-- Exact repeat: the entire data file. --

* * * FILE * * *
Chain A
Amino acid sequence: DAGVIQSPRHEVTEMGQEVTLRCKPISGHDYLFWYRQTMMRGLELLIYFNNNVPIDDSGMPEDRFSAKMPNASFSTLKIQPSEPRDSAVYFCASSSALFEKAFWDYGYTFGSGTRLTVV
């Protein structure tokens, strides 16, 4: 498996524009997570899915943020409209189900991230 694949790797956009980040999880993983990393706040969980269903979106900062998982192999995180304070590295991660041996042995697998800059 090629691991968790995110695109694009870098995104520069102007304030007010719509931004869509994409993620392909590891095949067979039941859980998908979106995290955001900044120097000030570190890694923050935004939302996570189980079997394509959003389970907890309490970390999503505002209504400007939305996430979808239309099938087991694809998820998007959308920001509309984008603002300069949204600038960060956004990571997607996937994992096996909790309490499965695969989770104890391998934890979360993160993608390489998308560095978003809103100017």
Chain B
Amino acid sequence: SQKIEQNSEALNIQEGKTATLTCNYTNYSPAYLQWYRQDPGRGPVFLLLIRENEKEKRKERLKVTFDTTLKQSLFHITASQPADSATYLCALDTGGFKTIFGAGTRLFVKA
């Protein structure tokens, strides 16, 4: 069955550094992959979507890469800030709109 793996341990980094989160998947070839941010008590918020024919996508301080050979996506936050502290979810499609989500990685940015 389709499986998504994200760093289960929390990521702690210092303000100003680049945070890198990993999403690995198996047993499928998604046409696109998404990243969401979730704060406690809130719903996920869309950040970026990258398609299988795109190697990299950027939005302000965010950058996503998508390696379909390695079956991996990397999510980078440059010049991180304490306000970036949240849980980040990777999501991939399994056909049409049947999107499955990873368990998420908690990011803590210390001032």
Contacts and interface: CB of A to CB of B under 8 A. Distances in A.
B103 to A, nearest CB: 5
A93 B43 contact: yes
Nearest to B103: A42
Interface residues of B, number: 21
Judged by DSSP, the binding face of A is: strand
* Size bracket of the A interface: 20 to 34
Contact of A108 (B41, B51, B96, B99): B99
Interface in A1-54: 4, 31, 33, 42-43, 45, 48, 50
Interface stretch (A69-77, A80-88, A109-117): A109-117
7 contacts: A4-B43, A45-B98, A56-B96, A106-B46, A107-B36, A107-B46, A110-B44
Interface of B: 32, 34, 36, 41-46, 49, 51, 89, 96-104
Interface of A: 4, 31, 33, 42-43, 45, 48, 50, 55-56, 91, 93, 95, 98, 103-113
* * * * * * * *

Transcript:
Chain A
Amino acid sequence: DAGVIQSPRHEVTEMGQEVTLRCKPISGHDYLFWYRQTMMRGLELLIYFNNNVPIDDSGMPEDRFSAKMPNASFSTLKIQPSEPRDSAVYFCASSSALFEKAFWDYGYTFGSGTRLTVV
């Protein structure tokens, strides 16, 4: 498996524009997570899915943020409209189900991230 694949790797956009980040999880993983990393706040969980269903979106900062998982192999995180304070590295991660041996042995697998800059 090629691991968790995110695109694009870098995104520069102007304030007010719509931004869509994409993620392909590891095949067979039941859980998908979106995290955001900044120097000030570190890694923050935004939302996570189980079997394509959003389970907890309490970390999503505002209504400007939305996430979808239309099938087991694809998820998007959308920001509309984008603002300069949204600038960060956004990571997607996937994992096996909790309490499965695969989770104890391998934890979360993160993608390489998308560095978003809103100017």
Chain B
Amino acid sequence: SQKIEQNSEALNIQEGKTATLTCNYTNYSPAYLQWYRQDPGRGPVFLLLIRENEKEKRKERLKVTFDTTLKQSLFHITASQPADSATYLCALDTGGFKTIFGAGTRLFVKA
């Protein structure tokens, strides 16, 4: 069955550094992959979507890469800030709109 793996341990980094989160998947070839941010008590918020024919996508301080050979996506936050502290979810499609989500990685940015 389709499986998504994200760093289960929390990521702690210092303000100003680049945070890198990993999403690995198996047993499928998604046409696109998404990243969401979730704060406690809130719903996920869309950040970026990258398609299988795109190697990299950027939005302000965010950058996503998508390696379909390695079956991996990397999510980078440059010049991180304490306000970036949240849980980040990777999501991939399994056909049409049947999107499955990873368990998420908690990011803590210390001032």
Contacts and interface: CB of A to CB of B under 8 A. Distances in A.
B103 to A, nearest CB: 5
A93 B43 contact: yes
Nearest to B103: A42
Interface residues of B, number: 21
Judged by DSSP, the binding face of A is: strand
* Size bracket of the A interface: 20 to 34
Contact of A108 (B41, B51, B96, B99): B99
Interface in A1-54: 4, 31, 33, 42-43, 45, 48, 50
Interface stretch (A69-77, A80-88, A109-117): A109-117
7 contacts: A4-B43, A45-B98, A56-B96, A106-B46, A107-B36, A107-B46, A110-B44
Interface of B: 32, 34, 36, 41-46, 49, 51, 89, 96-104
Interface of A: 4, 31, 33, 42-43, 45, 48, 50, 55-56, 91, 93, 95, 98, 103-113